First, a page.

I love Kraft Macaroni & Cheese. I enjoy it when prepared according to the package instructions, but I’m also prone to tweaking it by substituting buttermilk for regular, browning the butter, adding crème fraîche, or—as of this morning—stirring in an egg yolk.
Mixing an egg yolk into a steaming pile of carbs is not a new concept. The Japanese dish tamago kake gohan is a straightforward and delicious example of the form: Crack a raw egg (or egg yolk) over a pile of hot rice, mix it in, and season with soy sauce. The heat from the rice lightly cooks the egg, creating a saucy, custardy, comforting mixture.
I’ve applied a similar method to a bowl of grits—to excellent results—and thought I’d try it with a bowl of Kraft. The impulse was a good one.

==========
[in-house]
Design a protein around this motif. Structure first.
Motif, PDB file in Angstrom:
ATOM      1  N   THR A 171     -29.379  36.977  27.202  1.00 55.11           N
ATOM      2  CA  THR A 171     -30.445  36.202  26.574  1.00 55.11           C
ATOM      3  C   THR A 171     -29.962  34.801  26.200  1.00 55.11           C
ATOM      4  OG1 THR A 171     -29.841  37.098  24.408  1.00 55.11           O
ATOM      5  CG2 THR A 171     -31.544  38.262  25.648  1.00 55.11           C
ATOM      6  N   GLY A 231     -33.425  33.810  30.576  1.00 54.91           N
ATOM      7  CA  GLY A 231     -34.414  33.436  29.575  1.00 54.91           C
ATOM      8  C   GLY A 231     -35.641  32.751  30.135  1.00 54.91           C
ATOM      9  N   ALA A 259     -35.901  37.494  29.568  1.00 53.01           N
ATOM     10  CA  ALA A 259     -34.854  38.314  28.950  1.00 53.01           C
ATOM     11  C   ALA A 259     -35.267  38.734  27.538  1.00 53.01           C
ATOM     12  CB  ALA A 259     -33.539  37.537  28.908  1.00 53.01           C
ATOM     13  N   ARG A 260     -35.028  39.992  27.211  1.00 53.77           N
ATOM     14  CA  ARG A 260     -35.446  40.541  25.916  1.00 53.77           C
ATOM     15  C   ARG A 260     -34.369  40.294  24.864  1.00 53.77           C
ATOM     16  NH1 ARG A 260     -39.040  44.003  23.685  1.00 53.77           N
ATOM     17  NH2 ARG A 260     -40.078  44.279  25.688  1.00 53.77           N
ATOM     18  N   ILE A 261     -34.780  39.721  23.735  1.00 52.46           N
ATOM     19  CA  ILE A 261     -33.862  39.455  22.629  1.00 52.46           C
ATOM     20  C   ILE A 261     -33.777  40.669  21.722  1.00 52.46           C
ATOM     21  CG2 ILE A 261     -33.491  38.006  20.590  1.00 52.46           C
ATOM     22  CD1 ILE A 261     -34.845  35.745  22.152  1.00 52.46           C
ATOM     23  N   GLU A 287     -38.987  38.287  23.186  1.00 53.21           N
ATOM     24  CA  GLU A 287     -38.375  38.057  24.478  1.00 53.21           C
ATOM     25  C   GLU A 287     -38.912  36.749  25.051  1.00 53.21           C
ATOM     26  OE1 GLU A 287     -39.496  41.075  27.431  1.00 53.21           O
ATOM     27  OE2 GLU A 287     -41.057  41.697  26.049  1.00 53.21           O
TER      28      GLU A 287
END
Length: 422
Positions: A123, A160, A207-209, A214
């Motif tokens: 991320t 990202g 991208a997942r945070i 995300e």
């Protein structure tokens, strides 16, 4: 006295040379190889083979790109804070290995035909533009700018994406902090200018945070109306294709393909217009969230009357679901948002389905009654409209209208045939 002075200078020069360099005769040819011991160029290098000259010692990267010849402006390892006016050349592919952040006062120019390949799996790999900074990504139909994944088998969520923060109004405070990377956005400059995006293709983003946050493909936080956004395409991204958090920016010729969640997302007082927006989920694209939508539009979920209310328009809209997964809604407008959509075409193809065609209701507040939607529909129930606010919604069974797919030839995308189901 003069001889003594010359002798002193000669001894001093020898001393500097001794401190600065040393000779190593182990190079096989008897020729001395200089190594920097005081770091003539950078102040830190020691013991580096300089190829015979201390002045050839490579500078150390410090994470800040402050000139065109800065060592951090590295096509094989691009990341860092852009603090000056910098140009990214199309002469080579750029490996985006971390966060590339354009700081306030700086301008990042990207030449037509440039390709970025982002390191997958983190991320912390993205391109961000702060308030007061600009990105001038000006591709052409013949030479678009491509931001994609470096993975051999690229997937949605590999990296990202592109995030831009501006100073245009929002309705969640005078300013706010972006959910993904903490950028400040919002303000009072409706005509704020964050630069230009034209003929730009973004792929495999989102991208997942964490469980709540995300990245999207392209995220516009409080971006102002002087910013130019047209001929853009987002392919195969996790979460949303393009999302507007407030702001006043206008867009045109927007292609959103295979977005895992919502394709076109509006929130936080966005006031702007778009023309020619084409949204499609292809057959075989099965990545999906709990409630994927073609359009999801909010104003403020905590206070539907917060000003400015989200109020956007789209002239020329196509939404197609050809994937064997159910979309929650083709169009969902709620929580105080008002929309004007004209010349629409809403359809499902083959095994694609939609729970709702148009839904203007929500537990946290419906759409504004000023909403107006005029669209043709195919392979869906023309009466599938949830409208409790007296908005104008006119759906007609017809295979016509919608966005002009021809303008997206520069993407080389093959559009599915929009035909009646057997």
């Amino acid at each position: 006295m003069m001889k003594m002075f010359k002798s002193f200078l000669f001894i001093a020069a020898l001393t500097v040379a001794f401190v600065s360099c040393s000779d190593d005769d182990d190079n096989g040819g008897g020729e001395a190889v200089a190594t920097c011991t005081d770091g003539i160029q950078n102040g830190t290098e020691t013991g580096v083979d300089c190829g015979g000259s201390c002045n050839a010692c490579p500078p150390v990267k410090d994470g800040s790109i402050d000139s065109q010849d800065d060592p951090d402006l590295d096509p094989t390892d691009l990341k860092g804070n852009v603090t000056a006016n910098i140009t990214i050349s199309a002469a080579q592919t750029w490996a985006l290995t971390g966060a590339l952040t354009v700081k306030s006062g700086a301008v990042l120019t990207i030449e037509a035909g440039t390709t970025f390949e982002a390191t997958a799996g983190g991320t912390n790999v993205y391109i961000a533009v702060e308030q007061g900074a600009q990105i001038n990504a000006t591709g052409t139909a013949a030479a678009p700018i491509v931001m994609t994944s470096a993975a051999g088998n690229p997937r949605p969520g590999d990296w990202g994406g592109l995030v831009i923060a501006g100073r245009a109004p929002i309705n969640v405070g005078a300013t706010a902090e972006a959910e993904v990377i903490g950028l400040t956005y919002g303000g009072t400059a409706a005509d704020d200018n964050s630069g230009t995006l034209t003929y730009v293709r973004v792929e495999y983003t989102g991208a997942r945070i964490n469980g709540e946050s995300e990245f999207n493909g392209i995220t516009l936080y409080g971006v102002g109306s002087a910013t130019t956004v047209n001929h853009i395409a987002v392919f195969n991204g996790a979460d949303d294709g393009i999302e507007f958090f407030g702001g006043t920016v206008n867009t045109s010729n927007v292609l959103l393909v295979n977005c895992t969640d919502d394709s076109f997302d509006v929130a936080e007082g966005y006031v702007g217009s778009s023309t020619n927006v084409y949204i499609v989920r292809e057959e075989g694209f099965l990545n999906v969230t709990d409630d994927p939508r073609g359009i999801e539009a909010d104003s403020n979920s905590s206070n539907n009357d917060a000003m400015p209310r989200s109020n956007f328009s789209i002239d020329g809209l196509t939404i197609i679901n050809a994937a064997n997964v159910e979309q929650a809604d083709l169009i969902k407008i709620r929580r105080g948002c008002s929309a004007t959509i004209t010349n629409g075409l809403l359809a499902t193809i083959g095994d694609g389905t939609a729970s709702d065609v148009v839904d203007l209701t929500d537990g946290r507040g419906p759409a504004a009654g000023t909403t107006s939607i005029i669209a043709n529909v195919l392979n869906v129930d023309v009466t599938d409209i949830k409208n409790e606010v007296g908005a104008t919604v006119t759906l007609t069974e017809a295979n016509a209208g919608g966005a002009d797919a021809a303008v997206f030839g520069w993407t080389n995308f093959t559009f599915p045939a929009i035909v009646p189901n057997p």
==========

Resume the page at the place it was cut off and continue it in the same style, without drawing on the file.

The macaroni didn’t taste eggy, but it did taste better—a little creamier, noticeably richer, and a touch glossier. Much like tamago kake gohan, it developed a custardy quality. The results tasted a little more homemade, which makes sense when you consider eggs are a fairly common ingredient in baked macaroni and cheese recipes.
To make your own, prepare the macaroni (mostly) according to the package instructions: Cook the noodles until al dente, then drain them and return them to the pan with half a stick of butter, stirring until melted. Add the cheese powder, stir, then splash in just enough half & half to dissolve the last of the powdery cheese clumps. Finally, add a single orange yolk to the already orange noodles, then stir until it emulsifies into the sauce (which it will do beautifully).
If you are tiring of your standard boxed mac, I urge you to give it a try with an egg. The blue box may not “need” elevating, but it sure is fun to zhush.
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